holding that personal service was perfected on defendant where deputy sheriff observed the defendant retrieve papers left in his mail box after attempting to avoid service by running away from process server into his home but noting that "this approaches outer limits"Summary of this case from Coffin v. Brandau
December 15, 1971.
Appeal from the Circuit Court for Broward County, C. Lavon Ward, J.
Daniel I. Wincor, North Bay Village, for appellants.
Kenneth G. Stevens, of Dale Stevens, Fort Lauderdale, for appellee.
By interlocutory appeal appellants seek review of an order denying their motion to quash service of process upon them.
Evidence was presented from which the trial court could find that Mr. Liberman sought to avoid service of process by the expedient of running into his house and closing the door upon seeing the process server approach, somewhat similar to the conduct of Mr. Haney in the case of Haney v. Olin Corp., Fla.App. 1971, 245 So.2d 671. The process server (a deputy sheriff) testified that, being thus frustrated by Mr. Liberman's conduct, he then left the copy of process and suit papers in the mail box, drove his car around the block and parked where he could observe the Liberman residence. Shortly thereafter, he observed Mr. Liberman come out of the house, go to the mail box, remove the papers therefrom, and return to the house.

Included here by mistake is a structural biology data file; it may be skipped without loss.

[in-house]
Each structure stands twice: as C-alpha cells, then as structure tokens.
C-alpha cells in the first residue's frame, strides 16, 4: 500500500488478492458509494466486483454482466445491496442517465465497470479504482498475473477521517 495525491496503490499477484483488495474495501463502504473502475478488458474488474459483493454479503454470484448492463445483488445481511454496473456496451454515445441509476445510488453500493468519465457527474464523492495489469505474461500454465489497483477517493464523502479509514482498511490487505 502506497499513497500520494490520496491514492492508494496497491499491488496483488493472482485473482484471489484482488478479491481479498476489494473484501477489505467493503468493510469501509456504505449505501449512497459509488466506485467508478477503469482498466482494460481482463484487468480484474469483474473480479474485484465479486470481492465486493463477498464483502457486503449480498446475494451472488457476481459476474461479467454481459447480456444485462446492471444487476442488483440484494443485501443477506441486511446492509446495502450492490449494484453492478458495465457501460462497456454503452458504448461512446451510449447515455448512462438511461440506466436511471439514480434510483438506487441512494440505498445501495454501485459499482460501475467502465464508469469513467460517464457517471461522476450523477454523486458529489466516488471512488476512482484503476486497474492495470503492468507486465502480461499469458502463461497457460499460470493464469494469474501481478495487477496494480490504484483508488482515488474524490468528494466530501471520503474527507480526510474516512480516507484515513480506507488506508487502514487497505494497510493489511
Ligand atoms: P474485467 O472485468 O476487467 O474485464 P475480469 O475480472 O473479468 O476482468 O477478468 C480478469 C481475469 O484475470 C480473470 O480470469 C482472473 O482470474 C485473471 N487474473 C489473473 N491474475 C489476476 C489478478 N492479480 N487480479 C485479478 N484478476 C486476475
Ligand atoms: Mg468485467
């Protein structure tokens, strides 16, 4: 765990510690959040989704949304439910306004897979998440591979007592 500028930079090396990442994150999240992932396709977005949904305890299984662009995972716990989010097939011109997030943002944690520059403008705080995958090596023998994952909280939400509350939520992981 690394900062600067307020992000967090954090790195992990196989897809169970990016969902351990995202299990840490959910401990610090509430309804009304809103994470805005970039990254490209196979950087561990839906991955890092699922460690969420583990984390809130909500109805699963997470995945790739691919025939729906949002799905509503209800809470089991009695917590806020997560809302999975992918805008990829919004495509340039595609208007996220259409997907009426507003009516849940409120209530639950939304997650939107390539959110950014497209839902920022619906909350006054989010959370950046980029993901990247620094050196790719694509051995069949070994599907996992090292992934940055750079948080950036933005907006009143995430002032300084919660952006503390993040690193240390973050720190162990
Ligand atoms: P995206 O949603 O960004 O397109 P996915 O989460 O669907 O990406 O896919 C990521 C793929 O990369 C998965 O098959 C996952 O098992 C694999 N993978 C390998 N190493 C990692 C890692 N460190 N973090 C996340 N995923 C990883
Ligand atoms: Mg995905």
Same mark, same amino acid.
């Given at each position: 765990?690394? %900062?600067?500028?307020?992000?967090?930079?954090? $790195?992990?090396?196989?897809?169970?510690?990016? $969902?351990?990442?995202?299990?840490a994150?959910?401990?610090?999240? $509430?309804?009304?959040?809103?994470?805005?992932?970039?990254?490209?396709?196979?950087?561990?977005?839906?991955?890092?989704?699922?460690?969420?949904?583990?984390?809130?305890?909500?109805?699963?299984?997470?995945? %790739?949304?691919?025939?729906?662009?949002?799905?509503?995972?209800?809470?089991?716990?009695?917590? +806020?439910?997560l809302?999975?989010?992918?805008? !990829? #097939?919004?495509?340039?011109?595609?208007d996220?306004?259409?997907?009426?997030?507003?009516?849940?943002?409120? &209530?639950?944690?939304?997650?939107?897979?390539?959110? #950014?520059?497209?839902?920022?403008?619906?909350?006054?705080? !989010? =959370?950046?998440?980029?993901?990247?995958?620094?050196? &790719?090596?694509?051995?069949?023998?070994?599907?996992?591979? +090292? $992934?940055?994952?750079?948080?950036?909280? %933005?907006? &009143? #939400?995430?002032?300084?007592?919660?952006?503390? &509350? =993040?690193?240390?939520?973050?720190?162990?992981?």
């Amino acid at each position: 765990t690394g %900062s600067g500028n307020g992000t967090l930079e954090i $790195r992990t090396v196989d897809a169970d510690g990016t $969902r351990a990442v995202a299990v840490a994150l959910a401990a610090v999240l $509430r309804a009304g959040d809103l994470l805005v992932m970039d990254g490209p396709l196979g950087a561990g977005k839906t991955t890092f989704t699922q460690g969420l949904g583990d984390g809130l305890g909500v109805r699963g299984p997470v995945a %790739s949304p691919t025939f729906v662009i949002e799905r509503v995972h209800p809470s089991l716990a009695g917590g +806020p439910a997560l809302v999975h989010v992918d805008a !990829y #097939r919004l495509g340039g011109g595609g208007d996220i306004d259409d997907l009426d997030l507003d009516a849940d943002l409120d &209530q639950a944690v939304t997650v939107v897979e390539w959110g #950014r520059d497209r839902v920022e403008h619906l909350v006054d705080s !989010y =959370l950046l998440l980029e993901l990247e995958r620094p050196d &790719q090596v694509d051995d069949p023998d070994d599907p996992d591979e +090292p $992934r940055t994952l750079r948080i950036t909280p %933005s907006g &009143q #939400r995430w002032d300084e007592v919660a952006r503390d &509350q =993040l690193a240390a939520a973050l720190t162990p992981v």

While this approaches outer limits, we conclude on the basis of our decision in the Haney case, supra, that personal service on Mr. Liberman was perfected under F.S. section 48.031, F.S.A. Obviously, there was no personal service on his wife, appellant Leatrice Liberman, and the facts which we have related would not support substituted service upon her. Olin Corp. v. Haney, Fla.App. 1971, 245 So.2d 669.
The order is affirmed as to appellant Haskell M. Liberman, and reversed as to appellant Leatrice Liberman.
REED, C.J., and CROSS, J., concur.